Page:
The Marshall Project is a nonprofit news organization focused on covering the criminal justice and immigration systems. We publish deeply reported investigations, explanatory and contextual pieces, narratives and profiles that put a human face on criminal justice. Over the past 12 months we have expanded into new forms of storytelling, launching our first television show and podcast, while also continuing our commitment to accountability journalism and investing in local communities.
Inside Story is our first-of-its-kind video series designed to bring information to one of America’s largest news deserts: prisons and jails. Co-created by Lawrence Bartley and Donald Washington, Jr.—both of whom were formerly incarcerated—the series is deeply reported, beautifully shot and includes feature segments, illuminating animations and thoughtful interviews. Most important, it was born of deep reporting on the largely ignored incarcerated audience and their information needs.
“Violation,” one of two podcasts we launched over the past year examines a little-known aspect of the justice system—parole boards—through one tragic case. Over seven episodes, we take listeners through a complex story that navigates victims’ rights, race, privilege, mental health, senseless violence—and how mass incarceration has morphed into mass supervision, with all the same pitfalls and politics.
We continued our commitment to accountability journalism with our two-year investigation into widespread violent behavior by correctional officers against prisoners. It took us a year and a lawsuit to get the 13,000 pages of court documents necessary to report our story, and then many more months to clean and verify the data. We also obtained arbitration decisions, invoices, use of force reports and other records. Our reporting definitively documented a culture of laxity on the part of corrections officials that allowed brutal officers to operate with impunity.
Our investment in local reporting continued with the establishment of Marshall Project – Cleveland, and our ongoing series on the Cuyahoga County Court system. While thousands walk through the Justice Center each year to have their felony cases heard by judges, the community has been blindfolded in trying to understand how systemic unfairness stacks up. Working with Wesley Lowrey we found that 70% of nearly 70,000 criminal court cases from 2016 to 2021 involved a defendant with at least one prior charge. While these defendants are mostly miscast as violent criminals, most repeat defendants commit nonviolent crimes borne out of untreated addiction and mental illness.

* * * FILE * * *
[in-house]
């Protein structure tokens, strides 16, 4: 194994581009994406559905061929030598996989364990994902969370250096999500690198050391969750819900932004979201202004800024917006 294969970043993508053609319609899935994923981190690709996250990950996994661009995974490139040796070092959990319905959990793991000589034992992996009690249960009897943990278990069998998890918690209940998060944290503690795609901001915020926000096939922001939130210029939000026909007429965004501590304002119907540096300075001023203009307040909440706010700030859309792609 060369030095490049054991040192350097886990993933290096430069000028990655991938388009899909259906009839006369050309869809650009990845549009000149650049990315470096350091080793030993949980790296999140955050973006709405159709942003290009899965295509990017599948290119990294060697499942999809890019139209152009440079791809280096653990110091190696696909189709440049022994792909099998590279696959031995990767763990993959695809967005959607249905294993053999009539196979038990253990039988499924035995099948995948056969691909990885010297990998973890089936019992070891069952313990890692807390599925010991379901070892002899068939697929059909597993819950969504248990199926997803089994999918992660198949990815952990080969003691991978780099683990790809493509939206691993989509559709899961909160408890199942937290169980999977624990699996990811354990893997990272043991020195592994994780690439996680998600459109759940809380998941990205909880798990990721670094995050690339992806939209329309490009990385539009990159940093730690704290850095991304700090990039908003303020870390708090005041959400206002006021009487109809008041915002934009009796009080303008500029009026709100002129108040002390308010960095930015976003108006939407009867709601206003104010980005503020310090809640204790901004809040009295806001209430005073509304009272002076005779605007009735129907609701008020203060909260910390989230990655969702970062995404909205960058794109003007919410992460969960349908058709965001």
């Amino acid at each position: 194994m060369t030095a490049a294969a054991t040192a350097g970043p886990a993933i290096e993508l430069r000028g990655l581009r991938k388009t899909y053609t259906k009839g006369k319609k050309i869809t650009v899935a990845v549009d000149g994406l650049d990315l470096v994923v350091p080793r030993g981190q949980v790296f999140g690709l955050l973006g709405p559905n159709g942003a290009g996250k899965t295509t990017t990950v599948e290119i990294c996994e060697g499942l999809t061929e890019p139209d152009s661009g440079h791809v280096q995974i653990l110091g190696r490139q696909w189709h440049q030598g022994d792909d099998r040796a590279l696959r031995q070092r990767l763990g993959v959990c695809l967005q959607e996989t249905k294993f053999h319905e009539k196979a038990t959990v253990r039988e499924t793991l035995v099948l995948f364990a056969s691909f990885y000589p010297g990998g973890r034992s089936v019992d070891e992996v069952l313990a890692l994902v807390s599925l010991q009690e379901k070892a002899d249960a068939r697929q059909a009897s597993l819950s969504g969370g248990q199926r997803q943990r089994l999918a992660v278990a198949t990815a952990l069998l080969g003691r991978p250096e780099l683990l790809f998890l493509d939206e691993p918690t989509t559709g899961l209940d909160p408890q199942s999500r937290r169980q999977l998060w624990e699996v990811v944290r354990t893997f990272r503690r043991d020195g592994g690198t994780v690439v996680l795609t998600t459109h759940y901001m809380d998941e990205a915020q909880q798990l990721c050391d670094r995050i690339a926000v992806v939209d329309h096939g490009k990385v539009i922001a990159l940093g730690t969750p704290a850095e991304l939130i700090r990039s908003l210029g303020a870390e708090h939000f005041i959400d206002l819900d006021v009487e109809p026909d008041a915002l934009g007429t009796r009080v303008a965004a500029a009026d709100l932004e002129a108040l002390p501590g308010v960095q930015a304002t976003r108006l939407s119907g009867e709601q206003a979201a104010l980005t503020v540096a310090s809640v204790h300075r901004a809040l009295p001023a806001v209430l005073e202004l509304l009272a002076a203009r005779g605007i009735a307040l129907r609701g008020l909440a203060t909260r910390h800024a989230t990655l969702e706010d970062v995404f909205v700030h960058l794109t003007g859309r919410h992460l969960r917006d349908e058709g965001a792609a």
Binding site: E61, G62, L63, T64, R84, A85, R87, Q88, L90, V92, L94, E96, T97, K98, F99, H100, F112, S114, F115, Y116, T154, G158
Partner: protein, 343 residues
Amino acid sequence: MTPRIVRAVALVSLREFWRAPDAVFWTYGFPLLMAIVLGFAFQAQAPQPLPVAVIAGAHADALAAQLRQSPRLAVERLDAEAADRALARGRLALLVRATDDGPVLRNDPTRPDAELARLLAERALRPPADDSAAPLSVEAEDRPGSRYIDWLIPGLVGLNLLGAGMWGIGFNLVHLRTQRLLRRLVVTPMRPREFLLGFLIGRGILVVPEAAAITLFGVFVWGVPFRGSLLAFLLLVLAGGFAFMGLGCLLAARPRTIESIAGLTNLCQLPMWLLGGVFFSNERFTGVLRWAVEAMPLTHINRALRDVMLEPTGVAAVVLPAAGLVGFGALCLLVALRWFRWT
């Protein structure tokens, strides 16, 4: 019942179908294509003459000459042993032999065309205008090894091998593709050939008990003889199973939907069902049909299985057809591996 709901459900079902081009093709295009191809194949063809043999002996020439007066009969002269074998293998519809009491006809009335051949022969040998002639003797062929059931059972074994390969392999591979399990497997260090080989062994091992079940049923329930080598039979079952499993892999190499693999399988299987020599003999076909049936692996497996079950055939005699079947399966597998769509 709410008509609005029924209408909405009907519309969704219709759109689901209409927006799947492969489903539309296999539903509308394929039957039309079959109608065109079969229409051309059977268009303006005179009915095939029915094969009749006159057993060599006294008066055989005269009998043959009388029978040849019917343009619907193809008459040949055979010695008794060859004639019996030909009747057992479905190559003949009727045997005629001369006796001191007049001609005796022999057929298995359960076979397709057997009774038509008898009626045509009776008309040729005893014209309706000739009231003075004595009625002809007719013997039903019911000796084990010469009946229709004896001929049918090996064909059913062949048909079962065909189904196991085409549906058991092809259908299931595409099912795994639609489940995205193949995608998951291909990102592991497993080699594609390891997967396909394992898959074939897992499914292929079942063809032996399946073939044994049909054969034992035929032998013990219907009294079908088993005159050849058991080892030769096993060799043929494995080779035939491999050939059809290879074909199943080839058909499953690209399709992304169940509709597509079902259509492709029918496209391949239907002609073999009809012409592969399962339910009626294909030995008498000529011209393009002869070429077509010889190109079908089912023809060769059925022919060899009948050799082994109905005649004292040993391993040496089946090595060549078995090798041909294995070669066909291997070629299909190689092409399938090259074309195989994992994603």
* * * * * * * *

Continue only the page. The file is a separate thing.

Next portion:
Finally, we spent more than three years developing and reporting “The Mercy Workers,” a rare look at a secretive profession of “mitigation specialists” who attempt to save prisoners from the death penalty. They unearth childhood trauma, mental illness, broad policy failures, and other material that persuades juries, and even prosecutors, to choose less severe sentences.
Reporter Maurice Chammah spent years developing trust with mitigation specialist Sara Baldwin, and worked with her to find an ethical way that he could watch her work in a single case. Chammah’s article is an emotionally immersive and meticulously reported look at what it takes to create a more merciful criminal justice system.
The judges were impressed with The Marshall Project’s investment in journalism that centers an undercovered and often unserved community, spending years building trust that has led to stories no other newsroom is telling. Not only is their journalism a true public service, the work they produce is beautiful too, with audio and visuals that elevate stories and give readers important context about complicated topics. The Marshall Project’s rigor in data acquisition and analysis, and their commitment to collaboration with local newsrooms across the country, are models for what we hope to see more of in journalism’s future.